In an earlier post, we took a look at masquerade traditions in Trinidad and Tobago. Carnival masquerade--or mas--goes deep in Trinidad, with a beautiful array of traditional characters and gorgeous, innovative artistry. These days, there's a debate over the state of mas today. Popular mas costumes have trended towards skimpy, feathery and glamorous showpieces, adorning bands of up to 5,000 people in matching styles. Most people who are on the road on Carnival Tuesday fit into this category, dancing through the streets of Port of Spain with colorful feathers bouncing. With prices for being a part of these bands reaching upwards of US $1,000 (including a costume, drinks, food, security and bathrooms), this is a lucrative business for the bandleaders. To dress thousands, costumes tend to be limited in variety, often relatively simple in construction and--in some cases--are even bought from mass producers abroad.
As you might expect, this is a major issue for some folks. National Carnival Commission (NCC) Chairman Colin Lucas sees the change as stripping away a unique Trinidadian identity from mas and merging it with global Carnival aesthetics, dominated by those of Brazil. This might appeal to a broader global audience, draw in more tourists and more money, but the result is a loss of some of the creativity that has defined Trinidad's masquerade.
Not only does the trend towards mass-appeal costumes diminish artistry, its detractors say, it entirely changes the social landscape of Carnival. In times past, mas bands were more loosely arranged--often just groups of friends who made costumes and paraded together. These days, the exclusivity of huge bands with high fees and security create divisions between revelers--the Carnival parades gain more of an audience-performer orientation (masqueraders in the road and observers on the sidewalks). There are cheaper, less mainstream options for people who want to masquerade, but not nearly as many, nor as large in scale. There is also a growing movement of people who are snubbing the massive mas bands, making their own costumes and marching with friends.
However one chooses to masquerade, if you take to the road Carnival Monday and Tuesday, you will be joined by hundreds of thousands of others, dancing and drinking down the streets from dawn till night. Bands are fueled by bars on trucks and 18-wheeler sound systems blasting soca hits full blast. Monday is more like casual mas, with simple outfits often of individuals' own designs. Here are some photos from the road and stage on Monday. Photos by Sebastian Bouknight.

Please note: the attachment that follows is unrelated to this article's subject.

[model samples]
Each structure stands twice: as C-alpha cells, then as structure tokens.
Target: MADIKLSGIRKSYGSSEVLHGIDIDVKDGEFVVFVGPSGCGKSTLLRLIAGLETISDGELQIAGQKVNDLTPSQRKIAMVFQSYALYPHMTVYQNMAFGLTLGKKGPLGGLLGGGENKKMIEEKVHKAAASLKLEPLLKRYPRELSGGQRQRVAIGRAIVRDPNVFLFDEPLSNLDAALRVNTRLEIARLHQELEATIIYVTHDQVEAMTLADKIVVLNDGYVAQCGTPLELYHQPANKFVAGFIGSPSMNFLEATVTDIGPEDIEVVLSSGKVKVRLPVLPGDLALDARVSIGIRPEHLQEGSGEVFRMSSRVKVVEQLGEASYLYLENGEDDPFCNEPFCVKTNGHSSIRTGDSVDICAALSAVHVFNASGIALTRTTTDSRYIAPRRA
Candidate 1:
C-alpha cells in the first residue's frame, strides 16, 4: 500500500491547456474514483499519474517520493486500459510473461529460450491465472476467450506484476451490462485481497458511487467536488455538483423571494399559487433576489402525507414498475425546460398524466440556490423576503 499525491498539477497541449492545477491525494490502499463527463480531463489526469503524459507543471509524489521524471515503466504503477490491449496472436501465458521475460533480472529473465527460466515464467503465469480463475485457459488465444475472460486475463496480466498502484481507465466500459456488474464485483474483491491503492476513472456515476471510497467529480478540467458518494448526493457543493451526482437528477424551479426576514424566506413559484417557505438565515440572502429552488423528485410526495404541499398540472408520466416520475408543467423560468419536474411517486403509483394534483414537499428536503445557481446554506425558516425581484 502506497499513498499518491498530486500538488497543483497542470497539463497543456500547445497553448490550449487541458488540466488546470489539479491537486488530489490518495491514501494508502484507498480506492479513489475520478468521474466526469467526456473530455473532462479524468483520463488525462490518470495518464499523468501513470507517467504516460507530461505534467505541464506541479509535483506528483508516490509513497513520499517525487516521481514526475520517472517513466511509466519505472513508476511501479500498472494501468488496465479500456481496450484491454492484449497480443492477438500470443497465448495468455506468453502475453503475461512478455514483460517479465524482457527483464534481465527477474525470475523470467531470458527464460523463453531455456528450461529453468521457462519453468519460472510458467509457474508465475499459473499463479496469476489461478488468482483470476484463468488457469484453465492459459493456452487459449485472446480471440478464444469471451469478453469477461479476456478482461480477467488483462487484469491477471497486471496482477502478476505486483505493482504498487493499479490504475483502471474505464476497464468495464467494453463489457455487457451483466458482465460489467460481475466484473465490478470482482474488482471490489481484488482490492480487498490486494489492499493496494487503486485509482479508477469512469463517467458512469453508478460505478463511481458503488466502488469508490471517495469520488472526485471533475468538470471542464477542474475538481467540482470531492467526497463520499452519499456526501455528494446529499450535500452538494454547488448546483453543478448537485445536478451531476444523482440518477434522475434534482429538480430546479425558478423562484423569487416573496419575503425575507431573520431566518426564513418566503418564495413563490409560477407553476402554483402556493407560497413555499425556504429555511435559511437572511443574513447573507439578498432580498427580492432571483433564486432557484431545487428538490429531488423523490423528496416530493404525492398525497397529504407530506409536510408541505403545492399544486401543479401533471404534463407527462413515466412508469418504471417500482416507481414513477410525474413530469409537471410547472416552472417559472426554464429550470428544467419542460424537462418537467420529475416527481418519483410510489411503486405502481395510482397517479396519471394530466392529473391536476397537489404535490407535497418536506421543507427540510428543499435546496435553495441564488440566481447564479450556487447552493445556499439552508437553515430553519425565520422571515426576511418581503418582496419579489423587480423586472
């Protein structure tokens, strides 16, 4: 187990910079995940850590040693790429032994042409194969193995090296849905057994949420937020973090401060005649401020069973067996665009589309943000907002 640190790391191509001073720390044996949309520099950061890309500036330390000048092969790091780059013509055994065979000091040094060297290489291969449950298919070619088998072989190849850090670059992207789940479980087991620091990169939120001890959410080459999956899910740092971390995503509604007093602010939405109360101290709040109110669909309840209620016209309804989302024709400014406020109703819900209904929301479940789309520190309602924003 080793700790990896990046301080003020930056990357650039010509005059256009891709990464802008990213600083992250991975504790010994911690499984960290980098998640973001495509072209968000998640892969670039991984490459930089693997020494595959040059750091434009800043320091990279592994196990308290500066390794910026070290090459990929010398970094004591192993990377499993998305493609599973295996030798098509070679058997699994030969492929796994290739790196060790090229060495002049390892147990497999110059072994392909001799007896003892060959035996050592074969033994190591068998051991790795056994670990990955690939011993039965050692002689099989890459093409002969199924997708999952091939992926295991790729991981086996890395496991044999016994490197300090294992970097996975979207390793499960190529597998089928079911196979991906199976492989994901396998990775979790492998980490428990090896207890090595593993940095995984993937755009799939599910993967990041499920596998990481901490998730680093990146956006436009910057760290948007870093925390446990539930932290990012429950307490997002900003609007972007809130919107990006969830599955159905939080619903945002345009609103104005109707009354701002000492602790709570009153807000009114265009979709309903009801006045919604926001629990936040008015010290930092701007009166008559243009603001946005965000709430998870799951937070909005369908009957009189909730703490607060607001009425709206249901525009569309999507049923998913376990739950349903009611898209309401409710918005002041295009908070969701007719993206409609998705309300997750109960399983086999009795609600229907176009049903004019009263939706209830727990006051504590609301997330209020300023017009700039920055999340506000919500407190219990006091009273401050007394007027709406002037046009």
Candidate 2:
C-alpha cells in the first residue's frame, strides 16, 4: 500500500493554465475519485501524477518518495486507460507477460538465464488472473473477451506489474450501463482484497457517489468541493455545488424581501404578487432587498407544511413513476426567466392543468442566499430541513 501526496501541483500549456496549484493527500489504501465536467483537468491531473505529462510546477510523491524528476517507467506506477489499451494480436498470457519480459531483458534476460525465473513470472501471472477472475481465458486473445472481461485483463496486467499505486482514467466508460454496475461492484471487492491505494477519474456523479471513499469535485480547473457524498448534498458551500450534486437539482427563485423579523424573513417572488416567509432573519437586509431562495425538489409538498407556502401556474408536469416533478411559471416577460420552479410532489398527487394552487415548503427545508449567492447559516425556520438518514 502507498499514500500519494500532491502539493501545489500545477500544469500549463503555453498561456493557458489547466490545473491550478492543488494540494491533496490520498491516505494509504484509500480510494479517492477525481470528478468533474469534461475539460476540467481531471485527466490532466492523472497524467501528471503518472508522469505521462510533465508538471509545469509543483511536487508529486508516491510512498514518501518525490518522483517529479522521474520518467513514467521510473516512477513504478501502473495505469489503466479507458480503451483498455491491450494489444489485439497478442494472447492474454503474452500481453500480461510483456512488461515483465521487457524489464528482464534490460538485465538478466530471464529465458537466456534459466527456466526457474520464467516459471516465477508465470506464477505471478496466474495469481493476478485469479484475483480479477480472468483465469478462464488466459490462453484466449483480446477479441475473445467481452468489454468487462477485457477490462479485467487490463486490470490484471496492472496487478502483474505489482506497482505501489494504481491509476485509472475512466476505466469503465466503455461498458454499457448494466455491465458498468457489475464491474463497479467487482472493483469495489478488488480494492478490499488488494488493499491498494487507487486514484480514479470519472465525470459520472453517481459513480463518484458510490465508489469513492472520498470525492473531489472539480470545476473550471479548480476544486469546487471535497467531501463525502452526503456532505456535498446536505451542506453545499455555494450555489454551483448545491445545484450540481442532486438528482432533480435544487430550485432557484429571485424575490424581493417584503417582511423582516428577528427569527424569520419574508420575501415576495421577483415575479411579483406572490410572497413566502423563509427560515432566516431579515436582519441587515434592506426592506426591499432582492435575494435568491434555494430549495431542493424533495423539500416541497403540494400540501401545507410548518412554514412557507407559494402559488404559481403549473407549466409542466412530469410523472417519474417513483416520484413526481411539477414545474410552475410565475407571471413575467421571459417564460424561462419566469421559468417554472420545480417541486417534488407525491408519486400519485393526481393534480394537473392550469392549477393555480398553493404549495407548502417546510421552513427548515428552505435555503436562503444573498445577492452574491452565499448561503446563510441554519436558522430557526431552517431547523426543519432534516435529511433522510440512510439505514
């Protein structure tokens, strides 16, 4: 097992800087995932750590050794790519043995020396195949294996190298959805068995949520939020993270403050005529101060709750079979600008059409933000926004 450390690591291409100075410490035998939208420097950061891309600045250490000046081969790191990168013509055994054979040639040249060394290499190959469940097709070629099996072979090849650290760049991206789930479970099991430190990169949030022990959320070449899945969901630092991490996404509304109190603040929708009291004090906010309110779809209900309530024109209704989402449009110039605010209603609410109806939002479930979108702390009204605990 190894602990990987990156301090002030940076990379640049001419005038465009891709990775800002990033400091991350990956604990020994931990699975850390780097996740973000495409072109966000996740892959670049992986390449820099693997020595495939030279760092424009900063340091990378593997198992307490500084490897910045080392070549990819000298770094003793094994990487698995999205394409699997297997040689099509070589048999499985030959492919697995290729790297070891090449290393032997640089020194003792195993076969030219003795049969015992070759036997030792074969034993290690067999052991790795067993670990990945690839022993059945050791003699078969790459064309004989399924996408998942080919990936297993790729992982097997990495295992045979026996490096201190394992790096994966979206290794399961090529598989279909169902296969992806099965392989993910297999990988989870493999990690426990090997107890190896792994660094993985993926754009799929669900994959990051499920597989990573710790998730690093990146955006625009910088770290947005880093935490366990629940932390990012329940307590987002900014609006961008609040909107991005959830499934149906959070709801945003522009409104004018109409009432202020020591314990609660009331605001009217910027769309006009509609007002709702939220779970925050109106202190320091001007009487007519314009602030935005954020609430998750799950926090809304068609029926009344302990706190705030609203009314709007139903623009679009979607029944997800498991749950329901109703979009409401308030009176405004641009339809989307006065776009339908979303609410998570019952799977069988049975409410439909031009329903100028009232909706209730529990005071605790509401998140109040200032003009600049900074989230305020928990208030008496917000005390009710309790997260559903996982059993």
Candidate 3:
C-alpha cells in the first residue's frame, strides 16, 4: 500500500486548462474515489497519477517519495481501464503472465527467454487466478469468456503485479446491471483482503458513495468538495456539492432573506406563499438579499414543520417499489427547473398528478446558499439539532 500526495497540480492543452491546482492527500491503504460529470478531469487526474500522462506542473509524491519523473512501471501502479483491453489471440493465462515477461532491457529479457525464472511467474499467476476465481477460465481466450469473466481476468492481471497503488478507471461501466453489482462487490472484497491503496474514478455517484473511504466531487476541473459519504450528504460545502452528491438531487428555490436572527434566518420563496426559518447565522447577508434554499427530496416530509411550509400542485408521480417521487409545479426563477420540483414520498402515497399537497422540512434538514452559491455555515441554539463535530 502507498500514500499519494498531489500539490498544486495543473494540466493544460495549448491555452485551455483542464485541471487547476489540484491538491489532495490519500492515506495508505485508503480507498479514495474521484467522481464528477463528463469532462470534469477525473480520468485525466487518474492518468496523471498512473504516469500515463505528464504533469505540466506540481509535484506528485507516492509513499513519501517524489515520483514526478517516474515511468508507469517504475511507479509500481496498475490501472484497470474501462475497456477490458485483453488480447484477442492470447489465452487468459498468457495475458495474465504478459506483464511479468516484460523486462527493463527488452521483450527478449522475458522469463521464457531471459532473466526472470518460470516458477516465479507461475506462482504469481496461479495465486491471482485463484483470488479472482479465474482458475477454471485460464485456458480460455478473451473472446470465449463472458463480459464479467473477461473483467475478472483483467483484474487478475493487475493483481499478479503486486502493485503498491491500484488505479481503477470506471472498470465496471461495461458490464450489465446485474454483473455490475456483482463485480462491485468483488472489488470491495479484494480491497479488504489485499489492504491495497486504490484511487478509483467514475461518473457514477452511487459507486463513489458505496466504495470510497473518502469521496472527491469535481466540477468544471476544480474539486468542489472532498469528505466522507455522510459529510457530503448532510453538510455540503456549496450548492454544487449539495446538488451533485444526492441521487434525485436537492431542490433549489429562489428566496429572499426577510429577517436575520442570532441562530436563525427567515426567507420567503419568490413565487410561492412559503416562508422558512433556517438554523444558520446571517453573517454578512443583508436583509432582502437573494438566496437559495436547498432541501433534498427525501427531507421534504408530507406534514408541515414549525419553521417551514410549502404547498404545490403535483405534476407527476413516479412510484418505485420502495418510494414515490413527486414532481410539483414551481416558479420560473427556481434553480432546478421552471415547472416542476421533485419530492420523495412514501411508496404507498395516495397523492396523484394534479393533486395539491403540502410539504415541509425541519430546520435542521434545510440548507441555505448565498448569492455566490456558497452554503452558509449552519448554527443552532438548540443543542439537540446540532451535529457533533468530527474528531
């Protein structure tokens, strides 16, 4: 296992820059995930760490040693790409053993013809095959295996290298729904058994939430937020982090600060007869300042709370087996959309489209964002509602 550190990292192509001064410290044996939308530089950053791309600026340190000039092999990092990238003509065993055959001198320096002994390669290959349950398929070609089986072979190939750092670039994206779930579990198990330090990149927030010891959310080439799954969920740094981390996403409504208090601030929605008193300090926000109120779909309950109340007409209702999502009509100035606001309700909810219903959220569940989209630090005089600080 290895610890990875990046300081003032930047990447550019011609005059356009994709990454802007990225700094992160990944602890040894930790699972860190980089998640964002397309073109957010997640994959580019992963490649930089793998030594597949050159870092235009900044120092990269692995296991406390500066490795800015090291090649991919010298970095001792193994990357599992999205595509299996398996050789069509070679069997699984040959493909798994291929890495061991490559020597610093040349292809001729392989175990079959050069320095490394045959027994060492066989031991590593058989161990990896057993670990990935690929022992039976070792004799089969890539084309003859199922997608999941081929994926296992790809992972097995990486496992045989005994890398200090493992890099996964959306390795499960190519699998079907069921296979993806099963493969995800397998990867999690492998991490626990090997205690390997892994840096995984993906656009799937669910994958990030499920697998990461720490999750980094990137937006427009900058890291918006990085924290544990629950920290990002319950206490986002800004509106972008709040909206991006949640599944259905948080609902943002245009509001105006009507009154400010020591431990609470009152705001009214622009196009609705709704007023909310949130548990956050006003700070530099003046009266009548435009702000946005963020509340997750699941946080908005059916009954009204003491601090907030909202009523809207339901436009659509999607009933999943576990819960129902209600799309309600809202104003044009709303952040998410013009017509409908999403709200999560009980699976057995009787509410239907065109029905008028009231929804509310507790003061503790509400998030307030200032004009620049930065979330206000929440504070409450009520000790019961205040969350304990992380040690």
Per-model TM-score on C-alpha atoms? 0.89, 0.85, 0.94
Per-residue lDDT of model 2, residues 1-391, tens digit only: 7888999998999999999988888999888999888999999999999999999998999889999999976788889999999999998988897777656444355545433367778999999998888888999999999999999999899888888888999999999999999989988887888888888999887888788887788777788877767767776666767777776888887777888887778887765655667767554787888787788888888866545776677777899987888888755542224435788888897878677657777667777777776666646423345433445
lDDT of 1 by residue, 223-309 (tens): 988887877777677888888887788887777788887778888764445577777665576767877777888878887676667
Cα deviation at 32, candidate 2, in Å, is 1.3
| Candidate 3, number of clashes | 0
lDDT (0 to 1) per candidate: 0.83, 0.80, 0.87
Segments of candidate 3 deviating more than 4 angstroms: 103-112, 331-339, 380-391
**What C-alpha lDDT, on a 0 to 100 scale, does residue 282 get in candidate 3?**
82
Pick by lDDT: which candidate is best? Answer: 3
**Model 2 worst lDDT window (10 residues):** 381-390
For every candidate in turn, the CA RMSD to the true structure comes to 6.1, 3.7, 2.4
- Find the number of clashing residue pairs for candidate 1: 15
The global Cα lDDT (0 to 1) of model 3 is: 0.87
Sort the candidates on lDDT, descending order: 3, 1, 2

Tuesday is when the real-deal glitz and glamor come out. The extravagant costumes are on full display as the masses parade through the streets of Port of Spain. At some point during the day, every band will cross the expanse of the Queens Park Savannah stage. Here, their costumes are judged. Each band waits on one side of the stage, held back by security as the music pumps them up. When it is their turn, they are released and they run madly across the stage, dancing and showing off to the full extreme.
One of the music competitions during Carnival is called Road March. This award goes to whichever soca artist whose song is played the most while bands are on the stage. These songs are always the most hype, grand tracks of the year. This year, in a contest that boiled down to "Savannah" by Iwer George and "Soca Kingdom" by Machel Montano and Superblue, Machel Montano, the King of Soca, reigned supreme.
Some band leaders are bent on keeping the tradition alive. Peter Minshall is one. He is regarded by many as the greatest mas designer ever. He's been in the mas business for over 40 years and has helped design several Olympics opening ceremonies. Also, do you know those floppy, dancing, people-shaped air bags seen outside of car dealerships? He invented those too.
His mas costumes over the decades have been magnificent and stunningly creative. This year, he came out with a gorgeous band called the Eyes of God. It was simple but potent: white pants, white tees and sailor shirts and white sailor hats. The shirts and pants were hand painted with bold, black designs and printed with text that read:
Minshall has been an outspoken critic of the trend in Trinidad's mas. The band was a thus a reminder, celebrating Trinidad's artistic traditions by bringing together steelpan (with accompaniment from Exodus Steel Orchestra), the traditional fancy sailor mas costume and the flag man/woman tradition. His giant black Pegasus had won King of Carnival and led the pack. It was a refreshing vision for those that worry mas these days prioritizes profits over personality.
How will Trinidad's Carnival mas be played in years to come? We can't say for sure, but it's likely the debate between tradition and innovation will continue growing. As people eschew big money bands for homemade costumes and friends, Carnival could see a new direction emerge for its masquerade tradition. We'll keep you posted next year!